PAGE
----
Summer has not even started and I’m already dreaming of tomatoes fresh off the vine in August. Considering how short summer is around here, any longing for summer’s end is usually reserved for skiiers and pharmicists filling prescriptions for seasonal affective disorder. But I can’t help it: I bought and planted my garden plants over the weekend– and now that I’ve made the investment, I’m looking forward to the payoff.
Last summer was the first time either Ms. Bungalow or I had ever planted a vegetable garden of our own, and we learned a lot of lessons. Critters ate the corn stalks almost immediately, weeds took over early, requiring serious attention in mid-June, and our two yellow pear tomato vines grew so large they overshadowed and stunted the neighboring romas.
This year, we started by enriching the soil with some homemade compost and lots of manure. Then we picked some fun varieties of vegetables we enjoy eating. We planted lots of tomatoes, but scaled back to just one yellow pear. We have three heirloom varieties, including Moskovitch, Cherokee Purple, and Aunt Ruby German Green. We are trying a couple different kinds of peppers– Cubanelle and Purple Beauty– because good peppers are so expensive at the market. And we thought we would try some eggplant, so we got a Neon variety and a Thai Kermit. Most of these picks are just guesses at what sounded good or looked interesting (neon eggplant!) so I hope we find some new favorites in our garden by the end of the summer.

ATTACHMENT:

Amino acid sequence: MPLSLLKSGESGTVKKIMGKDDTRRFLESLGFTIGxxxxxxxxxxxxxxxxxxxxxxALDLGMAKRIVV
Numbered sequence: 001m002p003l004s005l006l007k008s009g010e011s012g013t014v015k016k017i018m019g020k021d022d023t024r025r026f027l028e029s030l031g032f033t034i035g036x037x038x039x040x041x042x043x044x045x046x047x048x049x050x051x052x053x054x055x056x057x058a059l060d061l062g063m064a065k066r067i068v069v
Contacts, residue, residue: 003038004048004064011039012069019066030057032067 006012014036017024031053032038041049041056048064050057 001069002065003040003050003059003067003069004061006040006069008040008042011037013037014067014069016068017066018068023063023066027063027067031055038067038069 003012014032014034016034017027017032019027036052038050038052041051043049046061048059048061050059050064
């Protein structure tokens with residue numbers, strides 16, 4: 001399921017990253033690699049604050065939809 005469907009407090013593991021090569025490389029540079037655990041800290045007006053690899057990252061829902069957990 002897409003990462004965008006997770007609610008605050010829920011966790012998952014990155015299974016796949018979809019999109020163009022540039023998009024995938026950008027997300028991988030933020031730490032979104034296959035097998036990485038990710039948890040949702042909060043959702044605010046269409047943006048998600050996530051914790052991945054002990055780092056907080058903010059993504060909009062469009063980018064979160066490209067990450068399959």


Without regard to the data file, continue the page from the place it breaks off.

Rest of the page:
In addition to the garden veggies, I bought some sweet basil and some spearmint for a little herb bed I wanted to try out in the sideyard. Ms. Bungalow also picked out some Queen Anne’s Lace to add to the landscaping. Although I’ve been told Queen Anne’s Lace is not a perennial in this zone, it is supposed to reseed itself and come back in subsequent years. With six of those added to the gardens, we should be up to a total of three dozen new plants and shrubs added to the landscaping this spring. I have to say it is looking quite lush around here.
I wrapped up my garden preparations today by spreading some straw over the garden plots. Only a back corner of the garden bed remains for some string beans that I’ll start from seeds in a few weeks when the weather is warmer. After our trouble with the weeds last summer, I found that straw did a great job of blocking weeds and retaining soil moisture. Straw is also cheap and easy to remove from the garden bed at the end of the summer.
There I go thinking about the end of the summer again. For now, just grow– grow, my beauties, and soon you will be delicious.